Boxing


Lakva Sim v Ebo Elder: What Happened?

18.09.05 - By Wray Edwards: For some reason the author goofed around before leaving for Atlanta just long enough to miss the weigh-in. Scolding self half-way there didn’t help. Guilt and self-recrimination continued. Not until the personal fantasy of the weigh-in party was dropped, did peace return and a new and better Plan (B) prophecy began to emerge. Wouldn’t it be great if, arriving late, the ESB Rep. might just luck into an exclusive opportunity which would be far better than the superficial chaos and posturing around the scales? Wouldn’t it be even more amazing if at one point in the fight, ESB would be there to save Ebo from possible serious injury right during the fight? The hits just keep coming folks.

The goofing around, the drive up mixed with fruitless efforts to get a flight…driving 80 and getting passed (par for the course in “Peachtown”), fighting traffic, checking in at the Marriott, taking a futile peek into the mostly empty (last few stragglers leaving) weigh-in room on the way to the elevator, the ride up, finding the room…messing with that blasted mag-strip key-card until the little green light lets you in…changing clothes, grabbing the camera and heading out in search of Plan B. What happened next was classic.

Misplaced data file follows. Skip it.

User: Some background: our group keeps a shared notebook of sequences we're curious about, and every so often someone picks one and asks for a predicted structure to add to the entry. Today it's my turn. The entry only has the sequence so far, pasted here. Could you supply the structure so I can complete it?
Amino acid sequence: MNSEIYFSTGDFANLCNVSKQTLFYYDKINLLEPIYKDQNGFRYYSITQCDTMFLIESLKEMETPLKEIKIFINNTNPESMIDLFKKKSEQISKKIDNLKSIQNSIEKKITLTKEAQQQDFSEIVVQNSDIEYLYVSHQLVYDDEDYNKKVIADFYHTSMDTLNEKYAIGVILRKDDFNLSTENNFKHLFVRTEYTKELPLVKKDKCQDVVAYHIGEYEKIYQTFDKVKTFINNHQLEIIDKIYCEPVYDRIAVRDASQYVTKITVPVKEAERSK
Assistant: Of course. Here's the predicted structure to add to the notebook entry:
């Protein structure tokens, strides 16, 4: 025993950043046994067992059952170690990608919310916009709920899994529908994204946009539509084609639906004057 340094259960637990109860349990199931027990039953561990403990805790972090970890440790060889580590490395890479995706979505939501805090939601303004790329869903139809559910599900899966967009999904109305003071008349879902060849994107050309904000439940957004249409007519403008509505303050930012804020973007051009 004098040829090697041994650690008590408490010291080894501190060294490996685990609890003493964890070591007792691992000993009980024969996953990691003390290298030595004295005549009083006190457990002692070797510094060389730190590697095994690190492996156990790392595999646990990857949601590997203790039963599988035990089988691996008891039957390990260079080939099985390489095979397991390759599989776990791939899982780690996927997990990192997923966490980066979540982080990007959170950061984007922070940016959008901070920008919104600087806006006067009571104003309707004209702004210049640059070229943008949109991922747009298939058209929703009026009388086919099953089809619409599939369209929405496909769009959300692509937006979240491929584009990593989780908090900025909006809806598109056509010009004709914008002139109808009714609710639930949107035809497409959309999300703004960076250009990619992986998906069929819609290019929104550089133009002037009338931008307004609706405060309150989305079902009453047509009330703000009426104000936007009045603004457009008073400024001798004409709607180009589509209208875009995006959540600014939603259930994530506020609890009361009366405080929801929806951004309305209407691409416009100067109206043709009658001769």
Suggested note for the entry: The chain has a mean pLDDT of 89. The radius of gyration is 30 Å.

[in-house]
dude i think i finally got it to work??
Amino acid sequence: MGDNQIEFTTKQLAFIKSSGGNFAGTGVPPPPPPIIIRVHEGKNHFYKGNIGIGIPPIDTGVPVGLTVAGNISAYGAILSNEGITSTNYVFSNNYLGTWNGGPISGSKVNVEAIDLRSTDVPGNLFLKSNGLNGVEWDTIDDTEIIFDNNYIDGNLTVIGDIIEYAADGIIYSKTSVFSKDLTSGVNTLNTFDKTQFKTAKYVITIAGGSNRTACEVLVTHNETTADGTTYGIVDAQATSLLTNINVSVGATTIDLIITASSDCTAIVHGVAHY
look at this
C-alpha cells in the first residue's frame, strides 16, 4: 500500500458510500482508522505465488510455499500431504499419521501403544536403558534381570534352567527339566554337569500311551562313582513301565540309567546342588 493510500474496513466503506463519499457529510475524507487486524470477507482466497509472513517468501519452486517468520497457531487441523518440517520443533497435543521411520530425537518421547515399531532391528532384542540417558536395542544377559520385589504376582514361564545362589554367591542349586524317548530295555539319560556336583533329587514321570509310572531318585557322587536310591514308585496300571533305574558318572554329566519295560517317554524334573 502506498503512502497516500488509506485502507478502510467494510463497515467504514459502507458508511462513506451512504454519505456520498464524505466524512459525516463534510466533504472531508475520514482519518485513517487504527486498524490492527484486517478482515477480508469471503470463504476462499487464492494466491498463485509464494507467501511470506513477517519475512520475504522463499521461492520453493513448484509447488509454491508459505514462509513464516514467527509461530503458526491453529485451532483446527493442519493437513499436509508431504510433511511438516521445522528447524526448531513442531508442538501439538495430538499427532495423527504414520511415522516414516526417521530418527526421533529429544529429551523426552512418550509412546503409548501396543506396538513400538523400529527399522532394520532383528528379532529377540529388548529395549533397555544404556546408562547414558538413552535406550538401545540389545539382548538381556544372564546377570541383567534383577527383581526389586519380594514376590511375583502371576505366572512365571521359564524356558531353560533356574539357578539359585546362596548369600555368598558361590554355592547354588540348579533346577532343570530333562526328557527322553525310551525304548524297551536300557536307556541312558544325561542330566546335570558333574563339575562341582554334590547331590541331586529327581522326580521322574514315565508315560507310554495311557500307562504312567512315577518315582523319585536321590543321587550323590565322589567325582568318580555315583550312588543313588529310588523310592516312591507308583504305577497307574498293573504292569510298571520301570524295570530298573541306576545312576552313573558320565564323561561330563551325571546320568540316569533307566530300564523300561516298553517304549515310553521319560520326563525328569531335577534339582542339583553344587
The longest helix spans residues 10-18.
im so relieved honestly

Push the button for the lift…DING…the doors open and there in the car stand Ebo Elder’s managers Virgil Israel and Jeff Zager.

After all the time, miles and random events leading up to the pushing of the elevator button, the finger touched plastic in the exact five-second interval necessary to launch Plan B. The task at hand was to meet, learn about and understand the “new” Ebo Elder and those who are now shaping his Boxing career. This report will contain few round references, time signatures or blow-by-blow narrations. Unlike most past events, this assignment somehow became, especially regarding the Elder-Sim bout, a chore. The usual tingling expectations of sporting excitement, may the best man win and tempered hopes for one’s mild or strong favorite, were missing. Something was wrong. Not quite sure yet what it was.